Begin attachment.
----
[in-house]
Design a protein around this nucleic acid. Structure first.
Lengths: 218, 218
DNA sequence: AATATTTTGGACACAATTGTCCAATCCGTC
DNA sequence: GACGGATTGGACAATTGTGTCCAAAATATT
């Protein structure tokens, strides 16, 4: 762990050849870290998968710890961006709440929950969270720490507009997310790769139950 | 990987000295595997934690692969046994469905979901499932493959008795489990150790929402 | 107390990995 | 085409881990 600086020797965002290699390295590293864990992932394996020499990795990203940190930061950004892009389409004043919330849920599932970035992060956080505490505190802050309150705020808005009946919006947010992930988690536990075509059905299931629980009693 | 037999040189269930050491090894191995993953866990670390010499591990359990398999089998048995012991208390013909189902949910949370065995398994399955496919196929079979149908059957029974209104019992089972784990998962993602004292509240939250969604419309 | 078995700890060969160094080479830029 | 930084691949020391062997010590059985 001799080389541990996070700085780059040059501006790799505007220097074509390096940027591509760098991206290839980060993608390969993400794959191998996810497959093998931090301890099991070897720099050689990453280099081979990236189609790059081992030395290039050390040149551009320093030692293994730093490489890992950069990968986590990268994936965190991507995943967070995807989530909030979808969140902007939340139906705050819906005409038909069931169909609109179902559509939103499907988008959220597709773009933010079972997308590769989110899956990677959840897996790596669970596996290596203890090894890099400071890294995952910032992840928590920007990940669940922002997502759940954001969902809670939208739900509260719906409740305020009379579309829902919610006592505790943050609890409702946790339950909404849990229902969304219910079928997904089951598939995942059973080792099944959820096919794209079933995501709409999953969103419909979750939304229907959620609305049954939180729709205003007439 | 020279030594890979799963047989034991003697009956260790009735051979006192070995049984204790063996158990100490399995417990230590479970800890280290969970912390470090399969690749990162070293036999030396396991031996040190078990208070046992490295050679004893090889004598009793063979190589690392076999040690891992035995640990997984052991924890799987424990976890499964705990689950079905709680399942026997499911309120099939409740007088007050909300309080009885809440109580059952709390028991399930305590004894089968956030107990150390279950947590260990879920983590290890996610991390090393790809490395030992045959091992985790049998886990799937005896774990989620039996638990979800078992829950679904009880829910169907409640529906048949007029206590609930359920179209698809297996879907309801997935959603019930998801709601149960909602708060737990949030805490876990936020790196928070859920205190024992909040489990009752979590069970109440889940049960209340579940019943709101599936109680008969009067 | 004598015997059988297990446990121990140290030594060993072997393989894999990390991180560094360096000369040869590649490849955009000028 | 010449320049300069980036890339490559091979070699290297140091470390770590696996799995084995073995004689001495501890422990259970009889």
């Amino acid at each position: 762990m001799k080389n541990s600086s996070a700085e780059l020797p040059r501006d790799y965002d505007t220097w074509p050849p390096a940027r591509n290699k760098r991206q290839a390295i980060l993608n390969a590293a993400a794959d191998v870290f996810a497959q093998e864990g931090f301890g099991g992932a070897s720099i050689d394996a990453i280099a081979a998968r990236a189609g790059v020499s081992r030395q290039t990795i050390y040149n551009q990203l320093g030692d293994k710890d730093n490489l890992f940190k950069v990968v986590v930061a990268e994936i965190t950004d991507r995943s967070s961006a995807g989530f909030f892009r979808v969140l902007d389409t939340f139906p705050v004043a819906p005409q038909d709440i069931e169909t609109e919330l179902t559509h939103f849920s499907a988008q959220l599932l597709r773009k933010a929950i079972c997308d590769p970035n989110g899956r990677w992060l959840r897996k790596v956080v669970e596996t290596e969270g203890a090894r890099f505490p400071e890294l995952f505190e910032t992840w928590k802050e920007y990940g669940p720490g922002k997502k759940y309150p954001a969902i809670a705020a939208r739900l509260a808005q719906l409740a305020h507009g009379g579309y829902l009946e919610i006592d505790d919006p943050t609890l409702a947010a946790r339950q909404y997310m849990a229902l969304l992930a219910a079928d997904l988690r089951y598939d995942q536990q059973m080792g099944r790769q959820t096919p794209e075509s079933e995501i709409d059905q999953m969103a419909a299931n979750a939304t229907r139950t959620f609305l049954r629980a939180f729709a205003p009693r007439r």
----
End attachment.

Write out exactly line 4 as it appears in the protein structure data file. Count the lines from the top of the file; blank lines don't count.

DNA sequence: AATATTTTGGACACAATTGTCCAATCCGTC